Check list

Herein, two freshwater crab species, A. fungosum and M. edentula, are documented for the first time from Bangladesh. A molecular phylogeny based on 16S rDNA sequences confirmed their identification (Fig. 5). Specifically, A. fungosum and M. edentula are clustered separately with A. panningi and M. lugubris. With these two species included, there are now seven species of true freshwater crab known to inhabit Bangladesh, namely Acanthopotamon fungosum, A. martensi, Lobothelphusa woodmasoni, Lamella lamellifrons, Maydelliathelphusa edentula, Sartoriana spinigera, and S. trilobata (Table 2).

Table 2.

Checklist of the freshwater crabs from Bangladesh, with the inclusion of species identified in this study.

Family/genus/species Locality IUCN Status References
Family Gecarcinucidae Rathbun, 1904
Genus Lamella Bahir & Yeo, 2007
1) Lamella lamellifrons (Alcock, 1909)a 5, 7, 8, 10, 11, 13 D–F
Genus Maydelliathelphusa Bott, 1969
2) Maydelliathelphusa edentula (Alcock, 1909)* 5 This study
Genus Sartoriana Bott, 1969
3) Sartoriana spinigera (Wood-Mason, 1871)b 1, 4, 7, 8, 9, 10, 12 Least Concern A–C, E, G, H
4) Sartoriana trilobata (Alcock, 1909) 1, 2, 3 A
Family Potamidae Ortmann, 1896
Genus Acanthopotamon Kemp, 1918
5) Acanthopotamon fungosum (Alcock, 1909)* 6 This study
6) Acanthopotamon martensi (Wood-Mason, 1875)c 4, 8, 11, 12 Least Concern B–E, G, H
Genus Lobothelphusa Bouvier, 1917
7) Lobothelphusa woodmasoni (Rathbun, 1905)d 1, 2, 3, 4, 11, 12 Least Concern A–E, G, H
Figure 5. 

Reconstructed maximum-mikelihood tree based on 16S rDNA sequences. Newly obtained sequences are shown in red. Numbers on branches represent bootstrap values.

Key to freshwater crabs from Bangladesh

1 Mandibular palp with single terminal lobe; male pleon T-shaped 2
Mandibular palp with bilobed terminal segment; male pleon triangular 5
2 Epibranchial tooth situated well posterior to level of postorbital cristae, at widest part of carapace; G1 subterminal segment relatively broad 3
Epibranchial tooth situated in line with or slightly posterior to level of postorbital cristae, anterior to widest part of carapace; G1 subterminal segment relatively narrow 4
3 Anterolateral margin without protrusion between external orbital angle and epibranchial tooth; cervical groove relatively narrow; G1 terminal segment straight Sartoriana spinigera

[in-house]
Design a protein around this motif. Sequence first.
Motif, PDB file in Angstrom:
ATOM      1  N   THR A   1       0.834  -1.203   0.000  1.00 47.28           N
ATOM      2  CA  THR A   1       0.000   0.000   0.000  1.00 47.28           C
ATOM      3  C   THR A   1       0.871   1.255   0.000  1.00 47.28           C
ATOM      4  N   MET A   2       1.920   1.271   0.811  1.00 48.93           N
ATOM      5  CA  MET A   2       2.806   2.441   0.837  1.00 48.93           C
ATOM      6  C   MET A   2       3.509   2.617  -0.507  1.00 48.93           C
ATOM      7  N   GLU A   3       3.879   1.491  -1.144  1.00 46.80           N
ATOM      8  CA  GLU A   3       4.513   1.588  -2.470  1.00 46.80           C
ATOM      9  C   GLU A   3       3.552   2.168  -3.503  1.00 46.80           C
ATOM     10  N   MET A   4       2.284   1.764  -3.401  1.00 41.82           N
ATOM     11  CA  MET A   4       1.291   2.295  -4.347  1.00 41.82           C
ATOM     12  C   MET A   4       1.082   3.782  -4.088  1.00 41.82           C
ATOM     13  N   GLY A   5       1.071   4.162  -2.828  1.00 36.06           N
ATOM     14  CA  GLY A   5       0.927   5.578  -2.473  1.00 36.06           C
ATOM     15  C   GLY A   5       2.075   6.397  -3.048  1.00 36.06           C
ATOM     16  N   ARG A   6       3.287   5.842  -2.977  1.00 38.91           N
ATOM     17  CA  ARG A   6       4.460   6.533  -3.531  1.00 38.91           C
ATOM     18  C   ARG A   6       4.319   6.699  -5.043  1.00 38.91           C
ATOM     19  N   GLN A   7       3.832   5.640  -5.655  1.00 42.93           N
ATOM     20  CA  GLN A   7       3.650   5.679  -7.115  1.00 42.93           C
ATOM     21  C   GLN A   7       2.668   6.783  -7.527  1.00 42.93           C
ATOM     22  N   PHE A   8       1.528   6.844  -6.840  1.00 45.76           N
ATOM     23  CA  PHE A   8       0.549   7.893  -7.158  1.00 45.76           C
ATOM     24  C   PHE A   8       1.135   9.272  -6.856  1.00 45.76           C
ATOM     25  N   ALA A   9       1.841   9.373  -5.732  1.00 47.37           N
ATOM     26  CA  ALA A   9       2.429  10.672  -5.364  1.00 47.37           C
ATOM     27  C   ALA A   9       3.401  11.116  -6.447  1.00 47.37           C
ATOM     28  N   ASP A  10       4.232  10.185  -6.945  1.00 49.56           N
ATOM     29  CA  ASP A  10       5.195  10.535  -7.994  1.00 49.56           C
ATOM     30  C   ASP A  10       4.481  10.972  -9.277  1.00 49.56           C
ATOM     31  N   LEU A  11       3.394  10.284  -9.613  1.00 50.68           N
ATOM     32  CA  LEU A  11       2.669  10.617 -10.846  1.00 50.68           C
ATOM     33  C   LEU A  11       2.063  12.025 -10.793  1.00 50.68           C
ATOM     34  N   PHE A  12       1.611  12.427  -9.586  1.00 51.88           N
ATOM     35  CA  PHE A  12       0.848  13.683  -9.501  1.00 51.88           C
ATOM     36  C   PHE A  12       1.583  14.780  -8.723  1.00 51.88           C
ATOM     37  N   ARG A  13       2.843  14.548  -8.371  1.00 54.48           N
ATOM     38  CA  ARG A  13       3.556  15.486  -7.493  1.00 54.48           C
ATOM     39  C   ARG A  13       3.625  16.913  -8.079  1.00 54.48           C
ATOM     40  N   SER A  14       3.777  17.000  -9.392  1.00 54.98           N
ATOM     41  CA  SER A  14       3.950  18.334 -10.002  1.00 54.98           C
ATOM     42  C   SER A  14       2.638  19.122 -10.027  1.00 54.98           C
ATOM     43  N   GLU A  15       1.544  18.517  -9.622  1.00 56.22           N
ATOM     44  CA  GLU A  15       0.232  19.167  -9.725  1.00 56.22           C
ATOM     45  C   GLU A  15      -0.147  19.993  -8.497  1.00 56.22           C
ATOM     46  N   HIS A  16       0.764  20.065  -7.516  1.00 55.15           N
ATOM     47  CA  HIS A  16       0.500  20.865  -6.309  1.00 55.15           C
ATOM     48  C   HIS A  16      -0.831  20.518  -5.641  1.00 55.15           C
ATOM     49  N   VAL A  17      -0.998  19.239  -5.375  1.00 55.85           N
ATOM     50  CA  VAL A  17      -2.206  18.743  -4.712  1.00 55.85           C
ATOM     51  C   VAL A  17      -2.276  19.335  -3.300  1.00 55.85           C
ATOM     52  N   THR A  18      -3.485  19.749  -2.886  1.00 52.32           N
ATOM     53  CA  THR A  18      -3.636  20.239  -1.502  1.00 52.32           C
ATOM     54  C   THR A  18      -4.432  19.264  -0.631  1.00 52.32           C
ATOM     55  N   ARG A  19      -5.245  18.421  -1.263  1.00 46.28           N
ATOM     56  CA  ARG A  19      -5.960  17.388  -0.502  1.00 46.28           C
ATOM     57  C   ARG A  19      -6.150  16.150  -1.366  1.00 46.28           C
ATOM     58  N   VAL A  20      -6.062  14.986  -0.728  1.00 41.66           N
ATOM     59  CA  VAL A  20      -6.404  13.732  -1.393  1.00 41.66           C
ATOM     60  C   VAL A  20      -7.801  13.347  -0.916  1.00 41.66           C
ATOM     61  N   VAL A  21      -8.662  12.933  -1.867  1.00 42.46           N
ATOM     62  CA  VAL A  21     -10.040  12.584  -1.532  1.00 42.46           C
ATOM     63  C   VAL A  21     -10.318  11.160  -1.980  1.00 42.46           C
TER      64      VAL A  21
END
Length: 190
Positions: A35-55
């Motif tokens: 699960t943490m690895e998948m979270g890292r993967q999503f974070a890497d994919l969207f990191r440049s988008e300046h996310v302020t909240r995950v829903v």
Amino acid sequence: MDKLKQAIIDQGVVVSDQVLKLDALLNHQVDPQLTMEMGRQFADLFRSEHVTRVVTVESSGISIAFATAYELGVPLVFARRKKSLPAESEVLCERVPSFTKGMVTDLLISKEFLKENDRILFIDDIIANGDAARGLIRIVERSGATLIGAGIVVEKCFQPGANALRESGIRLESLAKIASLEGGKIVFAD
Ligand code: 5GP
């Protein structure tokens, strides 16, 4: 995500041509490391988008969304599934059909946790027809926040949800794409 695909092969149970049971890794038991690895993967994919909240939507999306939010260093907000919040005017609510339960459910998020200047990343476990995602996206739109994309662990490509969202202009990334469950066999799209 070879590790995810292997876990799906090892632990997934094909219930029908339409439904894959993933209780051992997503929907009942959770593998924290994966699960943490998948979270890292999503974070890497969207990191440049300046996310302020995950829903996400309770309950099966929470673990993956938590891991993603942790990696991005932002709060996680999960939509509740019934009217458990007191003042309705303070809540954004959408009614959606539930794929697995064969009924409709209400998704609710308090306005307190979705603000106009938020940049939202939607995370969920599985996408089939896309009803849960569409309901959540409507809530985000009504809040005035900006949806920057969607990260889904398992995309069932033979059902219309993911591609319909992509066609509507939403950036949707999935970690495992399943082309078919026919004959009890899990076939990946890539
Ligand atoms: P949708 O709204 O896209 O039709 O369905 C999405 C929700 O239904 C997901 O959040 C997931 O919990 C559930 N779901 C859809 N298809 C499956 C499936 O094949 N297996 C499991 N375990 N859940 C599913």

Anterolateral margin with one lobe-like protrusion between external orbital angle and epibranchial tooth; cervical groove relatively wide; G1 terminal segment bend outward Sartoriana trilobata
4 Epigastric cristae sharp; outer margin of external orbital angle comparatively long; G1 with inner margin characteristically curved or angled just below juncture between terminal and subterminal segment Lamella lamellifrons
Epigastric cristae rugose; outer margin of external orbital angle comparatively short; G1 straight Maydelliathelphusa edentula
5 Carapace dorsal surface uneven, setose; male sternopleonal cavity reaches up to the level of the imaginary line joining the anterior part of the cheliped coxae 6
Carapace dorsal surface smooth, glabrous; male sternopleonal cavity reaches up to the level of the imaginary line joining the median part of the cheliped coxae Lobothelphusa woodmasoni
6 Carapace with four epibranchial teeth on each anterolateral margin Acanthopotamon fungosum
Carapace with three epibranchial teeth on each anterolateral margin Acanthopotamon martensi

References: Bahir and Yeo (2007); Yeo and Ng (2012); Pati et al. (2019); Chetia et al. (2021).


The authors express their sincere gratitude to the local people and fishermen for their support. Special thanks to the staffs of Institute of Marine Sciences, University of Chittagong for their sincere support. We thank the editor and reviewer for their careful reading of our manuscript and thoughtful comments. Financial support from the National Natural Science Foundation of China (no. 31772427 to SHY and no. 32200356 to PD) and the Natural Science Foundation of the Jiangsu Higher Education Institutions (no. 22KJB180018 to PD) are acknowledged.

Additional information

Conflict of interest

No conflict of interest was declared.

Ethical statement

No ethical statement was reported.


The National Natural Science Foundation of China (No. 31772427 to SHY and No. 32200356 to PD),the Natural Science Foundation of the Jiangsu Higher Education Institutions (No. 22KJB180018 to PD).

Author contributions

Conceptualization: DP, HS. Data curation: SSS, MAS, MR, SS, NJE. Funding acquisition: HS, DP. Investigation: SSS, SS, NJE, MR. Methodology: MAS, DP. Supervision: SS, HS. Writing – original draft: SSS. Writing – review and editing: HS, DP, SS, MAS.

Author ORCIDs

Da Pan

Mishal Roy

SM Sharifuzzaman

Hongying Sun

Data availability

All of the data that support the findings of this study are available in the main text or Supplementary Information.